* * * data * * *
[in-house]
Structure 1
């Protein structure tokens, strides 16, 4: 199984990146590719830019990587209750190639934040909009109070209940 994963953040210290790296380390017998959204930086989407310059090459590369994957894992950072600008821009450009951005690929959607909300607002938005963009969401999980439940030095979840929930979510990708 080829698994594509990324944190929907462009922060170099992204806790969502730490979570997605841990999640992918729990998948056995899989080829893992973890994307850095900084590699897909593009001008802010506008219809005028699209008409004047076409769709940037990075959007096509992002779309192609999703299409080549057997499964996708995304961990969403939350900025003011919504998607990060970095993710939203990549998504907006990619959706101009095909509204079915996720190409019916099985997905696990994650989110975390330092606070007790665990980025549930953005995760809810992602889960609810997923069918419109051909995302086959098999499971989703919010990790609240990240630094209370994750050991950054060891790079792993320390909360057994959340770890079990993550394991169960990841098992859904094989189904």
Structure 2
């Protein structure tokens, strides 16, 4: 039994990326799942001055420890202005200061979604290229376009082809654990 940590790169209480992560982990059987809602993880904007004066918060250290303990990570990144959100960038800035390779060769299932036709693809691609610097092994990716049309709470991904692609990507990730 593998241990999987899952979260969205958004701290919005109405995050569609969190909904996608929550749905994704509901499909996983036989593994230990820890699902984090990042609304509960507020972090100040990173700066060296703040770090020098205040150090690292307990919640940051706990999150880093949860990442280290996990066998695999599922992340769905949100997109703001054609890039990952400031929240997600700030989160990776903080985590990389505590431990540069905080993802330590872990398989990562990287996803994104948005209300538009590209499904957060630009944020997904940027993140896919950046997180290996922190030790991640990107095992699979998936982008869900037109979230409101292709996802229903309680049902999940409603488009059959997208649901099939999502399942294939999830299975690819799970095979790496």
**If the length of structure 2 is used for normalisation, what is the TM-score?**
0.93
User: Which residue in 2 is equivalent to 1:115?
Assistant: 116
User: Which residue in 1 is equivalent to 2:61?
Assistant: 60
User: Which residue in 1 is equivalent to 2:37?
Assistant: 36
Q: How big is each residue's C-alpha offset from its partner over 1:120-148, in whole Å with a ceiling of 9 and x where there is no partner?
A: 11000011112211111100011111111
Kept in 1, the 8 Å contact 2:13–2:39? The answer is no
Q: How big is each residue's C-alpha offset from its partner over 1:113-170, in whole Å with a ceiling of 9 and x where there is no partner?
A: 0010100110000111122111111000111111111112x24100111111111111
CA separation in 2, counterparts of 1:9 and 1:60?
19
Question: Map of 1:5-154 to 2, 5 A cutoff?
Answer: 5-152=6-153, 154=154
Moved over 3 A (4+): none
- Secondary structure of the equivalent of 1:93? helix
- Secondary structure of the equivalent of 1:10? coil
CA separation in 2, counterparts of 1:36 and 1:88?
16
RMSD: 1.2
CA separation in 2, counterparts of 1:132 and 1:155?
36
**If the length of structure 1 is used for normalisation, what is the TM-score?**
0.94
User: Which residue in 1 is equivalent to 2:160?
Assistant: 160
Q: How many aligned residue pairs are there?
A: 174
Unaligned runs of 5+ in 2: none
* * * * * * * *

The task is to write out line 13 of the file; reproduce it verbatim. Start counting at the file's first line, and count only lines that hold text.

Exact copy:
Assistant: 36